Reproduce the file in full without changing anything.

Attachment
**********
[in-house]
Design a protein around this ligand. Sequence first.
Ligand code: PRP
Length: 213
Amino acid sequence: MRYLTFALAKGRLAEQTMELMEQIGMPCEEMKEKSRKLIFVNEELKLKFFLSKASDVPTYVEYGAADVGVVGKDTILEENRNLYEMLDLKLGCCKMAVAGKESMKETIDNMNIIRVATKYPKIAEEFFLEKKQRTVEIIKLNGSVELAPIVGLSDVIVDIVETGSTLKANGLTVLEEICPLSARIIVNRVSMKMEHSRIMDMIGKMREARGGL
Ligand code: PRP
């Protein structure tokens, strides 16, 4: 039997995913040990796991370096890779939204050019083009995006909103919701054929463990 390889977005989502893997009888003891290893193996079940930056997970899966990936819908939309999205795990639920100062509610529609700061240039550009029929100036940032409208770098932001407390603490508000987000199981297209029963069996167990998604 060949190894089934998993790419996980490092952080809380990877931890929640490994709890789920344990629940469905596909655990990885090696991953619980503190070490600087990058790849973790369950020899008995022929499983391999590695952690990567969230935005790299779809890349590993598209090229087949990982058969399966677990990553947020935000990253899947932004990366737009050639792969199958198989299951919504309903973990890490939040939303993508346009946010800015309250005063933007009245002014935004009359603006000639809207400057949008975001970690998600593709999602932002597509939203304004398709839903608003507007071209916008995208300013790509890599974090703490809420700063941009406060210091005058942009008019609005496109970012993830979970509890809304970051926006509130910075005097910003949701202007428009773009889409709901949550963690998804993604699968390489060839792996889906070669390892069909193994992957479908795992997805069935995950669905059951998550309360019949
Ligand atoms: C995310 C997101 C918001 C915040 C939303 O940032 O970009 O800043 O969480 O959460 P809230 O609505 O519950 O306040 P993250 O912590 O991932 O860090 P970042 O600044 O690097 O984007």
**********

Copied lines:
[in-house]
Design a protein around this ligand. Sequence first.
Ligand code: PRP
Length: 213
Amino acid sequence: MRYLTFALAKGRLAEQTMELMEQIGMPCEEMKEKSRKLIFVNEELKLKFFLSKASDVPTYVEYGAADVGVVGKDTILEENRNLYEMLDLKLGCCKMAVAGKESMKETIDNMNIIRVATKYPKIAEEFFLEKKQRTVEIIKLNGSVELAPIVGLSDVIVDIVETGSTLKANGLTVLEEICPLSARIIVNRVSMKMEHSRIMDMIGKMREARGGL
Ligand code: PRP
């Protein structure tokens, strides 16, 4: 039997995913040990796991370096890779939204050019083009995006909103919701054929463990 390889977005989502893997009888003891290893193996079940930056997970899966990936819908939309999205795990639920100062509610529609700061240039550009029929100036940032409208770098932001407390603490508000987000199981297209029963069996167990998604 060949190894089934998993790419996980490092952080809380990877931890929640490994709890789920344990629940469905596909655990990885090696991953619980503190070490600087990058790849973790369950020899008995022929499983391999590695952690990567969230935005790299779809890349590993598209090229087949990982058969399966677990990553947020935000990253899947932004990366737009050639792969199958198989299951919504309903973990890490939040939303993508346009946010800015309250005063933007009245002014935004009359603006000639809207400057949008975001970690998600593709999602932002597509939203304004398709839903608003507007071209916008995208300013790509890599974090703490809420700063941009406060210091005058942009008019609005496109970012993830979970509890809304970051926006509130910075005097910003949701202007428009773009889409709901949550963690998804993604699968390489060839792996889906070669390892069909193994992957479908795992997805069935995950669905059951998550309360019949
Ligand atoms: C995310 C997101 C918001 C915040 C939303 O940032 O970009 O800043 O969480 O959460 P809230 O609505 O519950 O306040 P993250 O912590 O991932 O860090 P970042 O600044 O690097 O984007």